Zhangdie Yuan


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Can Pretrained Language Models (Yet) Reason Deductively?
Zhangdie Yuan | Songbo Hu | Ivan Vulić | Anna Korhonen | Zaiqiao Meng
Proceedings of the 17th Conference of the European Chapter of the Association for Computational Linguistics

Acquiring factual knowledge with Pretrained Language Models (PLMs) has attracted increasing attention, showing promising performance in many knowledge-intensive tasks. Their good performance has led the community to believe that the models do possess a modicum of reasoning competence rather than merely memorising the knowledge. In this paper, we conduct a comprehensive evaluation of the learnable deductive (also known as explicit) reasoning capability of PLMs. Through a series of controlled experiments, we posit two main findings. 1) PLMs inadequately generalise learned logic rules and perform inconsistently against simple adversarial surface form edits. 2) While the deductive reasoning fine-tuning of PLMs does improve their performance on reasoning over unseen knowledge facts, it results in catastrophically forgetting the previously learnt knowledge. Our main results suggest that PLMs cannot yet perform reliable deductive reasoning, demonstrating the importance of controlled examinations and probing of PLMs’ deductive reasoning abilities; we reach beyond (misleading) task performance, revealing that PLMs are still far from robust reasoning capabilities, even for simple deductive tasks.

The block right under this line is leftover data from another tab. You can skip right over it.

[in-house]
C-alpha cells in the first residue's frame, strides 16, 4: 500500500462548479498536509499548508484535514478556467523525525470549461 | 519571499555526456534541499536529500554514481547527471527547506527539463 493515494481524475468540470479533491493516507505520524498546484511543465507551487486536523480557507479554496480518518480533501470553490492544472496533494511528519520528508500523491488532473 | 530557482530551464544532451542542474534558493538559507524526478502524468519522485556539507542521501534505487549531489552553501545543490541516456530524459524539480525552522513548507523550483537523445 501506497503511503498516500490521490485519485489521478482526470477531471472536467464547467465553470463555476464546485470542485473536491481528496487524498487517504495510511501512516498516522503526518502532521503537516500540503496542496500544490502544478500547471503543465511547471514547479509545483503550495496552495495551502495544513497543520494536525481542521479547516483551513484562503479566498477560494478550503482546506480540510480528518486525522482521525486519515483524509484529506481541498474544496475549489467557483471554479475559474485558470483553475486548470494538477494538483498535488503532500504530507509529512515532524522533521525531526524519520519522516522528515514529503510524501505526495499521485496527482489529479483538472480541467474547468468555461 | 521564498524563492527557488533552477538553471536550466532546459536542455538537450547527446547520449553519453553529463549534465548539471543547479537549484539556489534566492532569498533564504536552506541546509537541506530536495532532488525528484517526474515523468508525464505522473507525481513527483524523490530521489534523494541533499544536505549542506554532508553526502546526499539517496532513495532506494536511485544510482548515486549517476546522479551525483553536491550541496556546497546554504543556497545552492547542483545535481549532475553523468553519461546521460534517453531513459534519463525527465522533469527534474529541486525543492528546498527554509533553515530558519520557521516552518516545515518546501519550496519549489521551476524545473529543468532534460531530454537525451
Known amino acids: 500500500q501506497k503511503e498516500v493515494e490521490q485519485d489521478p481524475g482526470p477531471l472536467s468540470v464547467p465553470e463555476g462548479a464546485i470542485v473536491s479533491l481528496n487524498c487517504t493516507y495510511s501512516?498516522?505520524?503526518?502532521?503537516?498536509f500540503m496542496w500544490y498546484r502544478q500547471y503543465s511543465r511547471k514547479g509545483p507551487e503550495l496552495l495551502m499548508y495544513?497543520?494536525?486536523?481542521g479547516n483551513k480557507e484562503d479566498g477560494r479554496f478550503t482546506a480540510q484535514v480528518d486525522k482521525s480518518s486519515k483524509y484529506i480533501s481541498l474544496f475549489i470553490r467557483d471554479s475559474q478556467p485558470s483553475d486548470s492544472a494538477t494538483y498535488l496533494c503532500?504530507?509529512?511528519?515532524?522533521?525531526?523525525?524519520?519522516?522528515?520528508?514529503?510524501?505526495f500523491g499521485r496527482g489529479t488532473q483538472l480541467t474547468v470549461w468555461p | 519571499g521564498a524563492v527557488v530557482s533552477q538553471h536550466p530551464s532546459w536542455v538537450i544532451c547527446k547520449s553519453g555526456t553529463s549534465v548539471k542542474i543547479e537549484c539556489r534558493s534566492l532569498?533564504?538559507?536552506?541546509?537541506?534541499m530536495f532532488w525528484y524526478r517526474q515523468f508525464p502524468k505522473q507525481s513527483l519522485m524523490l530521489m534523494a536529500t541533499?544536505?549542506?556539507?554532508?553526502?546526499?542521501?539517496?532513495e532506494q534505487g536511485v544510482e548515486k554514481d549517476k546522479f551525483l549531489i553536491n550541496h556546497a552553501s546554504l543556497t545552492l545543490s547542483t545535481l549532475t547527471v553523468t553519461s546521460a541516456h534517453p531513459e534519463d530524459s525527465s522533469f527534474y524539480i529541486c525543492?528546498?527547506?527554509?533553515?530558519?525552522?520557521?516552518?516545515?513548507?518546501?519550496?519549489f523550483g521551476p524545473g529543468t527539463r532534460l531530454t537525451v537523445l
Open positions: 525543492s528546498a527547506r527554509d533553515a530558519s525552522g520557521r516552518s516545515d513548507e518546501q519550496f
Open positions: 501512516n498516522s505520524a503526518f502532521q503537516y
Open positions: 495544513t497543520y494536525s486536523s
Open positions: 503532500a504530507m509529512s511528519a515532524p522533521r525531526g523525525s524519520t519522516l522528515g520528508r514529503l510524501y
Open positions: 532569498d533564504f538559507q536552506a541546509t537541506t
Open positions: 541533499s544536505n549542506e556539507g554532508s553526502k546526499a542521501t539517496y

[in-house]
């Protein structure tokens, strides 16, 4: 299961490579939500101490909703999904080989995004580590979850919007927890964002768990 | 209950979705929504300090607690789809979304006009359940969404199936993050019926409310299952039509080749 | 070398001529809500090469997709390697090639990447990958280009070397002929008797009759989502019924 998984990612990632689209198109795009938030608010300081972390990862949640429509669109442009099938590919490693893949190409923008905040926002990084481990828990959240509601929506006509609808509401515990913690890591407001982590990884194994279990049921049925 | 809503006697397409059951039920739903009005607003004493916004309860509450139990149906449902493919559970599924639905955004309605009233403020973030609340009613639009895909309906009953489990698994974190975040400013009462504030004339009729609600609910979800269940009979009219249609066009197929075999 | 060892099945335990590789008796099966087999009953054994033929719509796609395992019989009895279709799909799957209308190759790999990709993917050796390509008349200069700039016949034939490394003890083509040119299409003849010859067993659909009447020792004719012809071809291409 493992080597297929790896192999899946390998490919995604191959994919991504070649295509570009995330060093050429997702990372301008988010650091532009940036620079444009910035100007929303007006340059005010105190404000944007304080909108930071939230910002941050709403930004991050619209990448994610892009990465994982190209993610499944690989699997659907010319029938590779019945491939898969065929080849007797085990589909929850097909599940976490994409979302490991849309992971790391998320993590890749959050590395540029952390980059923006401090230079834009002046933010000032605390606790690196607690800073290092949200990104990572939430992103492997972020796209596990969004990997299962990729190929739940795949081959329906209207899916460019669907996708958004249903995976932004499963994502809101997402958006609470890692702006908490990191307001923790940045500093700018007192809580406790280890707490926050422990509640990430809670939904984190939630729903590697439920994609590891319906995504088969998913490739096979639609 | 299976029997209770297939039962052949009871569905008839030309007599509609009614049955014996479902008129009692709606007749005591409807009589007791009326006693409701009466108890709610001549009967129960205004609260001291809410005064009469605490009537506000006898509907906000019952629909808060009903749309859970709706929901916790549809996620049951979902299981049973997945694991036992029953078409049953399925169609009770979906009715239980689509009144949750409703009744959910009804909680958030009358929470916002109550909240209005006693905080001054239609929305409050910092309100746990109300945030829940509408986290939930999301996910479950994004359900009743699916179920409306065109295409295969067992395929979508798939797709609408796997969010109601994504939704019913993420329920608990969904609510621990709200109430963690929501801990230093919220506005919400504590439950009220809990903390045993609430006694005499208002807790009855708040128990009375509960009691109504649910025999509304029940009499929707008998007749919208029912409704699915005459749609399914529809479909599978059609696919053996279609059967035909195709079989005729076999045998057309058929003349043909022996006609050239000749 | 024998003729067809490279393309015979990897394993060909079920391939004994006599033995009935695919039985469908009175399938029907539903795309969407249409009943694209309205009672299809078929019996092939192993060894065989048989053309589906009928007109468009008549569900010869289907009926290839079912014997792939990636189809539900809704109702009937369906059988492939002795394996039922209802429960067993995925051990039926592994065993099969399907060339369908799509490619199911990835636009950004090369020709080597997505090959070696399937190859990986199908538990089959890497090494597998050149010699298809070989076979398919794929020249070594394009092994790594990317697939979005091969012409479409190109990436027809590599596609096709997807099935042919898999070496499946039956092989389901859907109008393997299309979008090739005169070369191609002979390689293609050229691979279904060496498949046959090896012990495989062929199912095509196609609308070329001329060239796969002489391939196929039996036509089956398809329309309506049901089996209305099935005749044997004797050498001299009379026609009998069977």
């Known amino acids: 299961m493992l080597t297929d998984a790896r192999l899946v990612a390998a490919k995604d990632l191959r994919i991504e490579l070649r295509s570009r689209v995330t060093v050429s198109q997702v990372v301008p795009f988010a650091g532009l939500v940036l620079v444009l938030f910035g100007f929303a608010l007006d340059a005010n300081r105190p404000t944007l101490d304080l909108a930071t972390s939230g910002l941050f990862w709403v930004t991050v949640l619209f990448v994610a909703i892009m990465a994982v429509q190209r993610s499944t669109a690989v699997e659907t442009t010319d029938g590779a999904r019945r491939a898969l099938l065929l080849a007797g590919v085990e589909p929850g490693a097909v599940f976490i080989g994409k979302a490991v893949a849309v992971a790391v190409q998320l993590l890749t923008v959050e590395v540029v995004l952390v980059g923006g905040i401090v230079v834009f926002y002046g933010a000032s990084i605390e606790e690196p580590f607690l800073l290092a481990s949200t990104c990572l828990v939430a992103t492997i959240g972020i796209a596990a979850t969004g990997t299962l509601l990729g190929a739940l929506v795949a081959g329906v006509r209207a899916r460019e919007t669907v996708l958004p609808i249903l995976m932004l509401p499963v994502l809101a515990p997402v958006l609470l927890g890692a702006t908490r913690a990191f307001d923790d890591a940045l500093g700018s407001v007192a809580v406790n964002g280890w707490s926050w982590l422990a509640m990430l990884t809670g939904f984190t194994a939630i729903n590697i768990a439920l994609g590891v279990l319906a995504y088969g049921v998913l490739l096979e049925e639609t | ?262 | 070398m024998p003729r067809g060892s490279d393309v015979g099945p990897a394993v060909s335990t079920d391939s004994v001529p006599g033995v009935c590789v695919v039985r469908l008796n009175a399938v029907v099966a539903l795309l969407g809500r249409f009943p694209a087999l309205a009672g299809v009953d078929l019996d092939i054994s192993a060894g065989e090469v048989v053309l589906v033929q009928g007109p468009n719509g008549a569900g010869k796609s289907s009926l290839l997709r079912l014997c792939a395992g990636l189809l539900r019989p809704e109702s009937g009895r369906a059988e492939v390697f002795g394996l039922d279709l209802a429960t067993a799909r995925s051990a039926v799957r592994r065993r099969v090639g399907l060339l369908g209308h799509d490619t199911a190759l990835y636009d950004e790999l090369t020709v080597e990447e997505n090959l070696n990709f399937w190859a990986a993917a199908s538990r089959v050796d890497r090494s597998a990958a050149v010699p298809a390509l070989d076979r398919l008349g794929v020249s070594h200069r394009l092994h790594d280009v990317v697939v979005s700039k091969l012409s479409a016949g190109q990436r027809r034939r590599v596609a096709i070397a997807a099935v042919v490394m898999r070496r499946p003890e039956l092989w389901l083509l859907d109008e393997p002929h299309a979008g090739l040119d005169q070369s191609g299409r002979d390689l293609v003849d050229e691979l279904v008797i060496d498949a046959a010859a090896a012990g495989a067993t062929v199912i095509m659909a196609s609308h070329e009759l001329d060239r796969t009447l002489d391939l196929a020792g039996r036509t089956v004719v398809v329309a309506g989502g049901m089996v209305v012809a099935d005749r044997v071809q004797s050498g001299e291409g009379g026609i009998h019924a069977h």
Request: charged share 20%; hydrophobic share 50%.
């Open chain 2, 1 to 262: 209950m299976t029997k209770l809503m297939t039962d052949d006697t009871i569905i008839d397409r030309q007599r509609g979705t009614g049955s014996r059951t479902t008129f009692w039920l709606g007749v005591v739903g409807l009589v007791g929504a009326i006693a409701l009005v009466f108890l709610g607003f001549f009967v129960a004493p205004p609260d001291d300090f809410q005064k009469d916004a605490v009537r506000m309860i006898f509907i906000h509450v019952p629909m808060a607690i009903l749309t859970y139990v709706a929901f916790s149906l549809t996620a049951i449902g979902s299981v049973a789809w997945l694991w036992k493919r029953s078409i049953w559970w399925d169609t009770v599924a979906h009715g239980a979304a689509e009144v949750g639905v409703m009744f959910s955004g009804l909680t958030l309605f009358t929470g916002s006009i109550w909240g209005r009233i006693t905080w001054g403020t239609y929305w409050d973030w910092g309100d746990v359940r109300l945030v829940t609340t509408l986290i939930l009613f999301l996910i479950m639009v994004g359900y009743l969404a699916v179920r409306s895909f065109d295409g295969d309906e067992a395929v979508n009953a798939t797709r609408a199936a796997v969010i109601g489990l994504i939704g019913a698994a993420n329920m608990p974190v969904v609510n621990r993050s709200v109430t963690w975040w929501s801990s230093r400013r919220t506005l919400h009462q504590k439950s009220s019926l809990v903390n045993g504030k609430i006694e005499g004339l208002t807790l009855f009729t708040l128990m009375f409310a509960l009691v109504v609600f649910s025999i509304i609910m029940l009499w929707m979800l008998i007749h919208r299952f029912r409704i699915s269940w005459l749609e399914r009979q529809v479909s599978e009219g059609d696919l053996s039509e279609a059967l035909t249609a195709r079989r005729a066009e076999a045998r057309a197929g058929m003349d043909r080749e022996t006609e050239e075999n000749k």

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Varifocal Question Generation for Fact-checking
Nedjma Ousidhoum | Zhangdie Yuan | Andreas Vlachos
Proceedings of the 2022 Conference on Empirical Methods in Natural Language Processing

Fact-checking requires retrieving evidence related to a claim under investigation. The task can be formulated as question generation based on a claim, followed by question answering. However, recent question generation approaches assume that the answer is known and typically contained in a passage given as input,whereas such passages are what is being sought when verifying a claim. In this paper, we present Varifocal, a method that generates questions based on different focal points within a given claim, i.e. different spans of the claim and its metadata, such as its source and date.Our method outperforms previous work on a fact-checking question generation dataset on a wide range of automatic evaluation metrics.These results are corroborated by our manual evaluation, which indicates that our method generates more relevant and informative questions.We further demonstrate the potential of focal points in generating sets of clarification questions for product descriptions.